The implementation of network functions virtualization (NFV) is set to be the first step toward much greater integration of IT and telecom technologies and, ultimately, "a complete convergence of cloud platforms and networking equipment." (See What's NFV All About?)
So believes Yves Bellego, director of Technical Strategy at France Télécom - Orange, one of the Tier 1 carrier members of the Industry Specifications Group focused on NFV that was formed in late 2012 under the auspices of the European Telecommunications Standards Institute (ETSI). (See Carriers Peer Into Virtual World.)
Cost control is one of the benefits Bellego and his peers are hoping to achieve from any NFV implementations. "There is a wide shift in the telecom industry towards IT. The ever growing power of standard IT components makes possible the use of such standard components in place of specialized hardware," notes Bellego in response to questions from Light Reading.
"At first, we expect cost reduction of the hardware -- standard platforms, no obsolescence concerns. Later, we believe that virtualization will enable faster service production, greater flexibility and easier operation."
Ultimately, "NFV is a step towards IT and telecom convergence. In the long term this could bring a totally new landscape in the networking area, with a complete convergence of cloud platforms and networking equipment," he adds.
That's certainly in line with the views of networking executives who believe NFV and its close relative, software-defined networking (SDN), can herald a revolution in the way communications networks are planned, built and managed. (See 2012 Belonged to SDN & NFV. But Will They Deliver in 2013?)
What's ripe for the NFV treatment?
So are there particular telecom network elements that are more suitable for NFV deployments than others? "The first elements that could benefit from NFV are service platforms, network control equipment," such as the Policy and Charging Rules Function (PCRF) and other IP Multimedia Subsystem (IMS) functions, "then some edge equipment that does not handle very high traffic, such as CDN [content delivery network] platforms, SBC [session border controller], some border gateways."
Bellego notes that major transport equipment devices such as core routers, "are out of scope."
Along with other major carriers, such as Deutsche Telekom AG, the Orange R&D team is already evaluating NFV capabilities. "As said before, we think that network control equipment will be the first that could benefit from virtualization, so we are working on that topic. We are also looking at the potential impact that NFV ... could have for CDN platforms." (See The Benefits of NFV.)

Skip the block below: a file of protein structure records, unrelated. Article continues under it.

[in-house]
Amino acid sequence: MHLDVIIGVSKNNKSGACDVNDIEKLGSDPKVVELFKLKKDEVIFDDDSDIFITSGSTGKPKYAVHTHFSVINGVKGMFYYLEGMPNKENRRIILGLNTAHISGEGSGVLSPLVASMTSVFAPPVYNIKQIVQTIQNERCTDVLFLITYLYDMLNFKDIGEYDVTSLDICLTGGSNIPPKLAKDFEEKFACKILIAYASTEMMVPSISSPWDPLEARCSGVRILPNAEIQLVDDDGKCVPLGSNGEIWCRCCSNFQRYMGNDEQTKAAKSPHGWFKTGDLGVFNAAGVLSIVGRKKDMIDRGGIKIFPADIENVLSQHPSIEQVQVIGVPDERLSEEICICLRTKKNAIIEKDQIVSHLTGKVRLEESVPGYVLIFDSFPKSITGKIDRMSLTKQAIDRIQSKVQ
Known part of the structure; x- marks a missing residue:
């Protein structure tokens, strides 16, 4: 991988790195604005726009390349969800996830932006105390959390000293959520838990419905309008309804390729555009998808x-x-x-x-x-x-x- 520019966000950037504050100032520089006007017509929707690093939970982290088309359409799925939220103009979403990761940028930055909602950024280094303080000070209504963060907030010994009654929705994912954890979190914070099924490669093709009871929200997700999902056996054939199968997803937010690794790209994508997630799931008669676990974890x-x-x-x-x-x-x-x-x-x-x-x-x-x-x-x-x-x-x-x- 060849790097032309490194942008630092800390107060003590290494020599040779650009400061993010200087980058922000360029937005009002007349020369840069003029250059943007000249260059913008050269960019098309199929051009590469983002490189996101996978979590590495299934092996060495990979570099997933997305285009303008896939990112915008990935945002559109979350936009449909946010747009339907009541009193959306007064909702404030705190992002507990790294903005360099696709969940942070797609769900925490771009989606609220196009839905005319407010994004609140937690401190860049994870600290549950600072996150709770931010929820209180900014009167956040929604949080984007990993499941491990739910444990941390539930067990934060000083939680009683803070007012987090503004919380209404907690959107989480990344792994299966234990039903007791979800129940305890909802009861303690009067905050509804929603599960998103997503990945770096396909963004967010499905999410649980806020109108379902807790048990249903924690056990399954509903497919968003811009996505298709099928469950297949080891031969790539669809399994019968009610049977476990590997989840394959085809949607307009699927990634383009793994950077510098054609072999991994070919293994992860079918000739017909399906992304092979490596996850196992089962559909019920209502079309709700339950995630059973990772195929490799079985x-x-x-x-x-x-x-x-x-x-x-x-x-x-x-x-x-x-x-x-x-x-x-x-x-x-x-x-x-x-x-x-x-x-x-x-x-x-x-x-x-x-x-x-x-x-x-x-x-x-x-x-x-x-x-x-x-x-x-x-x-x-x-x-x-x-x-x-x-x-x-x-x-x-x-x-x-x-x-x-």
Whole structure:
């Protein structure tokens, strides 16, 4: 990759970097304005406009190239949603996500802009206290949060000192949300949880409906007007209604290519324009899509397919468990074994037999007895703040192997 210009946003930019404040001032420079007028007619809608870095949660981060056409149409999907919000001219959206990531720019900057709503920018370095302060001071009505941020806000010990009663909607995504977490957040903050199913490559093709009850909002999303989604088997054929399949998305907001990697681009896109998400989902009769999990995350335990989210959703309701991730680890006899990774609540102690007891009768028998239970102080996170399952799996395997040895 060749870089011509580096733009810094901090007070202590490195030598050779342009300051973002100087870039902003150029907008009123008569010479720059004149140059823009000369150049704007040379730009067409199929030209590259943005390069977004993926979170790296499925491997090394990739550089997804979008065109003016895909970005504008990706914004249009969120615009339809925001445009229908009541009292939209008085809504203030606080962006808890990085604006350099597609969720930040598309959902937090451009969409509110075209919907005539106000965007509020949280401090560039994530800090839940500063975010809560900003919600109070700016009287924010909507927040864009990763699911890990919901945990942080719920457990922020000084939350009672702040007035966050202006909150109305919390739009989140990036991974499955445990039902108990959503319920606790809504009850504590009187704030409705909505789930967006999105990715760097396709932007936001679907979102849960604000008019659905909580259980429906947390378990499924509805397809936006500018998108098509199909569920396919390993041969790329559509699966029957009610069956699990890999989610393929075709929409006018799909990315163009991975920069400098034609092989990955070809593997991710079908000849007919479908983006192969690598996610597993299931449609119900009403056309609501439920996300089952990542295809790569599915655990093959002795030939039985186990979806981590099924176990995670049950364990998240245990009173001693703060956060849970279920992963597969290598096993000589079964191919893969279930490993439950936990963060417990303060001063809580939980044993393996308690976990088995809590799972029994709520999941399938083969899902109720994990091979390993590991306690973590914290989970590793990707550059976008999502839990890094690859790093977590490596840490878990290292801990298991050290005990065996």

And as they make progress, the carriers are sharing their insights at regular meetings of the NFV Industry Specifications Group, the most recent of which was held in California in April. "Standardization is very important to achieve open interfaces and interoperability between solutions from different suppliers ... We believe that the ETSI initiative will help the definition of interfaces between the software components of the future networking elements. And this is very important as we are looking for an easy integration of virtualized components in cloud infrastructure," notes Bellego.
But while the carriers are hopeful that NFV can deliver efficiencies and operational advantages, they also know it's going to be very tough to implement. "The integration of several different functions in the same platform will raise some reliability and isolation issues, even if virtualization natively assures some isolation between components," says the Orange executive. "Before switching to this new architecture we have to be confident that it will provide the same quality of service to our customers."
That mirrors the views of the carrier executives who have been pushing the NFV agenda. They are hopeful but cautious.
For more on this topic:
- MW13: NFV Picks Up Speed
- ConteXtream Claims a Carrier SDN Coup
- MW13: Amdocs Embraces Virtualization
- One Problem With NFV
- Alcatel-Lucent CTO States the Case for NFV
- NFV: Talk of the Town
– Ray Le Maistre, Editor-in-Chief, Light Reading